893.102S/1589: Telegram

The Consul General at Shanghai (Gauss) to the Secretary of State

64. British Chargé d’Affaires has sent to me and to the French Ambassador paraphrases of his exchange of telegrams with London in regard to the Municipal Council.

1.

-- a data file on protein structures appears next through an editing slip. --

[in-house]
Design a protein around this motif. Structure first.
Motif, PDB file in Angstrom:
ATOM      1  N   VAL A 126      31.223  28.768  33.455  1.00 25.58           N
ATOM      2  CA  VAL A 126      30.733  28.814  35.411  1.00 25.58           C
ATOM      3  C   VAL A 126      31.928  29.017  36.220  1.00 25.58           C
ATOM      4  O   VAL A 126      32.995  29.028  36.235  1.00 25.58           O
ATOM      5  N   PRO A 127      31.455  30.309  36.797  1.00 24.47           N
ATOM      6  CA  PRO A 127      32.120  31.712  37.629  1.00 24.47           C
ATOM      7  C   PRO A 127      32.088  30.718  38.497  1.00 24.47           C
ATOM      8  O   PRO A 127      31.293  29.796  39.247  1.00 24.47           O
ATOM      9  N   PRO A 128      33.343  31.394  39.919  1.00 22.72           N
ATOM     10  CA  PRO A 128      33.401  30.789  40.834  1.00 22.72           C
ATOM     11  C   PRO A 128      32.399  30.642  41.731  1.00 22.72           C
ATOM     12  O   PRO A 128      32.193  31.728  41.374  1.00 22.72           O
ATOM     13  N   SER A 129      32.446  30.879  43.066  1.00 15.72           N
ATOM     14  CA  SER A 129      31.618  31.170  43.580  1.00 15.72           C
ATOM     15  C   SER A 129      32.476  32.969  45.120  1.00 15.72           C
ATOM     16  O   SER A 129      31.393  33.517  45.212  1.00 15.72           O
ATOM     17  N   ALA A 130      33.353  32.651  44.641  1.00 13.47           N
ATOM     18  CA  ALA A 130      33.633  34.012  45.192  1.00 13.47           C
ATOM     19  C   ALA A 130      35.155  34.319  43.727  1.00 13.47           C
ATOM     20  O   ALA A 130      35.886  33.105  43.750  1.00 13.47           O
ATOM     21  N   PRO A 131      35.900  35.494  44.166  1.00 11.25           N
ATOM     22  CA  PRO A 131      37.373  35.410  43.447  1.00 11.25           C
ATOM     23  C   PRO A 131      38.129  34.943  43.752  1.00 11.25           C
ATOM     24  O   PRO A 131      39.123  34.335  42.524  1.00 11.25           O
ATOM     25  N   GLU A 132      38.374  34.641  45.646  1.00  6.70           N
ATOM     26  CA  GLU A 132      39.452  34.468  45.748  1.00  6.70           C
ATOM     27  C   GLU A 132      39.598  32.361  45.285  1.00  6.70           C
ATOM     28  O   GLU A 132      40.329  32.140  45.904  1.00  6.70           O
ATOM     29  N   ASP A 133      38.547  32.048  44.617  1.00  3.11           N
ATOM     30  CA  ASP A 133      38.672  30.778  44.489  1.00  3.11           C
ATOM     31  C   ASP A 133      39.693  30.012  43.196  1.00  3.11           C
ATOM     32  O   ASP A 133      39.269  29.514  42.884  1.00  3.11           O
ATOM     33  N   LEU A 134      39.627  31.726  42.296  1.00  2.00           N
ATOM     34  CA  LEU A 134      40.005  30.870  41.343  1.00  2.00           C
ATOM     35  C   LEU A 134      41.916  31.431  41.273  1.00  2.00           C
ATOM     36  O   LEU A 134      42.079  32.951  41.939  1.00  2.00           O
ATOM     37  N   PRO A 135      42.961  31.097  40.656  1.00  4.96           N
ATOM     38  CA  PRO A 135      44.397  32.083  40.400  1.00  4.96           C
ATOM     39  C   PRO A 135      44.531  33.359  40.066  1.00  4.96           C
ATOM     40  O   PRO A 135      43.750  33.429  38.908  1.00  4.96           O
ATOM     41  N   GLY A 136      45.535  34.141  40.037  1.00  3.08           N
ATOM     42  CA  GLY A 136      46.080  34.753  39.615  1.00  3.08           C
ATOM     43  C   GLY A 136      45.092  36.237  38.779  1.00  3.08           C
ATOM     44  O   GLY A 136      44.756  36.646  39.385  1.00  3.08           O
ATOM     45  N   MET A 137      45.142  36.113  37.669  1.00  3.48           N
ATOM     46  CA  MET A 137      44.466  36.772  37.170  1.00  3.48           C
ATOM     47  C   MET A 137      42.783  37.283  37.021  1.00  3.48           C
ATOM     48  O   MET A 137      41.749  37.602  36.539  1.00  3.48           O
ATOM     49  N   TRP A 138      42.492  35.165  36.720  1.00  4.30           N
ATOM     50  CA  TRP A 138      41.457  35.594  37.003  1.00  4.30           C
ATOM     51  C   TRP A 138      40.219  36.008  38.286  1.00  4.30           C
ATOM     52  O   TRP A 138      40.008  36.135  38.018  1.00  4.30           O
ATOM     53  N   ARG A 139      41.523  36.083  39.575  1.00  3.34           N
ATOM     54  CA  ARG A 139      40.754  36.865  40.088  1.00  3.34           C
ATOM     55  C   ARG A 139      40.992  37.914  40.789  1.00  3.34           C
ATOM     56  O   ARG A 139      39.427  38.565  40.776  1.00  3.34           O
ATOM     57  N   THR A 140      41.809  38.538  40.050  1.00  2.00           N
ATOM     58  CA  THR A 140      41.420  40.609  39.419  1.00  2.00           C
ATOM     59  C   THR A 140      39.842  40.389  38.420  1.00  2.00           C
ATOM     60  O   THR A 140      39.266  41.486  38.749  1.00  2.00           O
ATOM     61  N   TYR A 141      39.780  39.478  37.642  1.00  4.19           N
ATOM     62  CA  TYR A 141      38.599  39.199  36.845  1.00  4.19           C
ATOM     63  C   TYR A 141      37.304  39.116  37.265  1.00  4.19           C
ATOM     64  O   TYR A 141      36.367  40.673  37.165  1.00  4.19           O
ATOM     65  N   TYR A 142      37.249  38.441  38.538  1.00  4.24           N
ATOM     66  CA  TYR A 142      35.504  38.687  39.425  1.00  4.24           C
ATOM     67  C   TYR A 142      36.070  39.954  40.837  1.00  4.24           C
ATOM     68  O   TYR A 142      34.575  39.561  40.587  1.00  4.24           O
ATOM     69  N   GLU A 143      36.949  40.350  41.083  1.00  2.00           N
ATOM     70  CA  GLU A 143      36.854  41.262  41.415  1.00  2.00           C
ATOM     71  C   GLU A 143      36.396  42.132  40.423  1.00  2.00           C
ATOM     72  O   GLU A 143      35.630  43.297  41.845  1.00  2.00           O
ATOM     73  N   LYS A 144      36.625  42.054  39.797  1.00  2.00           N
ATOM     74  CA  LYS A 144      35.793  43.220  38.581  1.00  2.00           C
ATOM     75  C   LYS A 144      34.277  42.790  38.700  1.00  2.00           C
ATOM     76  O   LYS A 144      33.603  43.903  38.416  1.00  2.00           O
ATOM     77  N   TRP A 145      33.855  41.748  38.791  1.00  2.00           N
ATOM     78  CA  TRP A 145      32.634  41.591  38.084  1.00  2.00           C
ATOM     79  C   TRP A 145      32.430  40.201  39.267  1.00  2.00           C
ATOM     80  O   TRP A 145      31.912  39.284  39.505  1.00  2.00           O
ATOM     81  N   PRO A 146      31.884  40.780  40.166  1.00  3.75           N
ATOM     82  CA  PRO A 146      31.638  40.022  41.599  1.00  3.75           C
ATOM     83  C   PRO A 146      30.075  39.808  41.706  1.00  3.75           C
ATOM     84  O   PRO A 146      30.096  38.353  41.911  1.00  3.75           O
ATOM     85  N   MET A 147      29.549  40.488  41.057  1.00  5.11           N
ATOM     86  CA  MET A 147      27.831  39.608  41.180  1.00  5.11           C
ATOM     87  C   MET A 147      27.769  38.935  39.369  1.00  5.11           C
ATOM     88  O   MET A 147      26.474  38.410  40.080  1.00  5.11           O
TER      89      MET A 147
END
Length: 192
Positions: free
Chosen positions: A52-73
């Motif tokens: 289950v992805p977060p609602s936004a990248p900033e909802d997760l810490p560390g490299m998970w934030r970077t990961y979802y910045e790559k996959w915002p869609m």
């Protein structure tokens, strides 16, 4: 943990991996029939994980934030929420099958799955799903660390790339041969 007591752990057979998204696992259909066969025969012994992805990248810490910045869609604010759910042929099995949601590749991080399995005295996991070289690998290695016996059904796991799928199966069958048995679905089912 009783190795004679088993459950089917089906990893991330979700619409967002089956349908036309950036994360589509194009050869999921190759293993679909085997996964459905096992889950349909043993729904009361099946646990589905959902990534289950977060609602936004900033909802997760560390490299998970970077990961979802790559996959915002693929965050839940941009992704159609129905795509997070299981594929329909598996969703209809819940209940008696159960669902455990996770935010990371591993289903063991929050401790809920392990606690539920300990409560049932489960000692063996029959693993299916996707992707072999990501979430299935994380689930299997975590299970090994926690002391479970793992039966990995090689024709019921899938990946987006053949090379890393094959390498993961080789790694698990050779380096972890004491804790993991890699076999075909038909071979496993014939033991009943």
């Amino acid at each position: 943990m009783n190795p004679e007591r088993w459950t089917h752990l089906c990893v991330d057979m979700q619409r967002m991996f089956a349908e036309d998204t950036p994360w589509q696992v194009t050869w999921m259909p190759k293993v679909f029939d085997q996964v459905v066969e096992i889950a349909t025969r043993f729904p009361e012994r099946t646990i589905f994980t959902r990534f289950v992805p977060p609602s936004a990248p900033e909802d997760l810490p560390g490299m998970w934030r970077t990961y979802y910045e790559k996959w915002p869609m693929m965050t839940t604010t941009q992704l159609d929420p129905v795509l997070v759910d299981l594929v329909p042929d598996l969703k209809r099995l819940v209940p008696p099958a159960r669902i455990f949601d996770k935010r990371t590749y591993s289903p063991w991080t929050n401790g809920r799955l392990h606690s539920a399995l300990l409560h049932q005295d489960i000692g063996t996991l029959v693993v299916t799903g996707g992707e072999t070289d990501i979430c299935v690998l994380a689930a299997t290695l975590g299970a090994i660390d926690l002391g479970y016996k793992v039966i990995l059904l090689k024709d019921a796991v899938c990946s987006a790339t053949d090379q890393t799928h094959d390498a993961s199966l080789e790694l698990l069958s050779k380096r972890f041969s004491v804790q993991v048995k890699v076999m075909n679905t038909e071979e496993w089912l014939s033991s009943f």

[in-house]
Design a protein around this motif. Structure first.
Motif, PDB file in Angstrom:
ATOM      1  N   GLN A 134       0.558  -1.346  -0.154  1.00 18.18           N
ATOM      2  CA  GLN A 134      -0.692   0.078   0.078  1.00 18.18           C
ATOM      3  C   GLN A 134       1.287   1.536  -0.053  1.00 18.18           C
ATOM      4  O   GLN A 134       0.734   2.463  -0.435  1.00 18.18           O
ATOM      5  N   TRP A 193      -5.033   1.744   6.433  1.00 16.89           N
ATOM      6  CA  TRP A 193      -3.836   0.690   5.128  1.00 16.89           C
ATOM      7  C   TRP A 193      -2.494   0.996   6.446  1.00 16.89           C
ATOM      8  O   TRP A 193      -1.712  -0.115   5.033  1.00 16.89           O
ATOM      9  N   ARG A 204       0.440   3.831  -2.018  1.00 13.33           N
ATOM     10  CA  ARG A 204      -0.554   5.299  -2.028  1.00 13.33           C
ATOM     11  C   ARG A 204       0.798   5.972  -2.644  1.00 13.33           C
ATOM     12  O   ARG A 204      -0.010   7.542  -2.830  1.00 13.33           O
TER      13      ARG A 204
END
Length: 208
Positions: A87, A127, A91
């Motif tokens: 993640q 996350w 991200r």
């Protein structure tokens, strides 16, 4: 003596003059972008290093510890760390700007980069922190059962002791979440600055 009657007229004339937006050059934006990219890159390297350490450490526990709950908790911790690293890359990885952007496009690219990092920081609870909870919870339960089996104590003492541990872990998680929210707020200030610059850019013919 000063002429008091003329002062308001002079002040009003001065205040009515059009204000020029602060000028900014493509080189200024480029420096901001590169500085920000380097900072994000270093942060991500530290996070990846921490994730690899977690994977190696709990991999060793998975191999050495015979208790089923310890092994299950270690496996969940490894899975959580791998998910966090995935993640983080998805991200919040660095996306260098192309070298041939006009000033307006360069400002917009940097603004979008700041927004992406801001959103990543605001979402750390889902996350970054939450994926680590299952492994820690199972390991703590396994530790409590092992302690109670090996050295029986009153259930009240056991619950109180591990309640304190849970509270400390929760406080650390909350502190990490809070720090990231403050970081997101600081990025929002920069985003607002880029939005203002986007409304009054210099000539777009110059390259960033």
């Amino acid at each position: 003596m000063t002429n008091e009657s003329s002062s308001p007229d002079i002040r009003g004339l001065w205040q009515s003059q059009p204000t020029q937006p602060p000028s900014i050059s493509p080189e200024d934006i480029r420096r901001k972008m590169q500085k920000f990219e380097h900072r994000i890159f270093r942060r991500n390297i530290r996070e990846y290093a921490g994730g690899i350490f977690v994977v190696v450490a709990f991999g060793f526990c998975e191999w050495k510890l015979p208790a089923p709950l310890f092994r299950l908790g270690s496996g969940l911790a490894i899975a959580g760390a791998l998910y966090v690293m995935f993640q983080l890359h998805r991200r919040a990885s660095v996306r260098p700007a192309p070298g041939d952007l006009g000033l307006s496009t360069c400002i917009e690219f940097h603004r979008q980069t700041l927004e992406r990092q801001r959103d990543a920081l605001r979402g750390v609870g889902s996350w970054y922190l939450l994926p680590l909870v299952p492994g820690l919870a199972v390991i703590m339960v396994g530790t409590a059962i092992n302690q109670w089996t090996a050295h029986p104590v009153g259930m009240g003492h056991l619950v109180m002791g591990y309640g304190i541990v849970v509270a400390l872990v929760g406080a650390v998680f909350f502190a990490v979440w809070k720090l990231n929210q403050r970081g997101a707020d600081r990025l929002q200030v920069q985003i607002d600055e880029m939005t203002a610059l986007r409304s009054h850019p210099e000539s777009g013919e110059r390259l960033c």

Following is summary of his message to London. Any concession to Japanese now may be regarded by them as a surrender, therefore threats of using force should not be permitted to drive the powers into yielding on any major point. Council must take a firm line and must be able to rely on moral support of the powers. He suggests concurrence of his Foreign Office in the following advice to the Council: Council should not give way to any Japanese demands before consulting representative[s] of powers chiefly concerned. They should reply in writing to Japanese Consul General that while they [Page 121]have given most careful consideration to the Japanese proposals they do not agree that adoption would in any way bring about the desired result, namely, to maintain peace and order and to suppress any form of manifestations of foreign activity in the Settlement. The reply should contain [continue?] that the proposals have been under examination for a number of days and the question of their expediency on other grounds has not yet been decided but in any case the present political crisis embittered by national feelings is hardly the moment to make any changes of such importance. The Council who are merely guardians of interests of all nationalities in the Settlement are reluctant therefore to resume discussion of the grave problems involved until conditions have become more normal. In any case they should not approve of suggestions advanced unless assured that they were fully supported by other interested powers. The reply might conclude by saying that a report embodying a reasonable analysis of the situation with special reference to the police is therefore being submitted to Senior Consul for consideration by the Consular Body. This report should show how Japanese have been taken in by the Council in recent years and deal with objections to bringing in additional Japanese elements too quickly.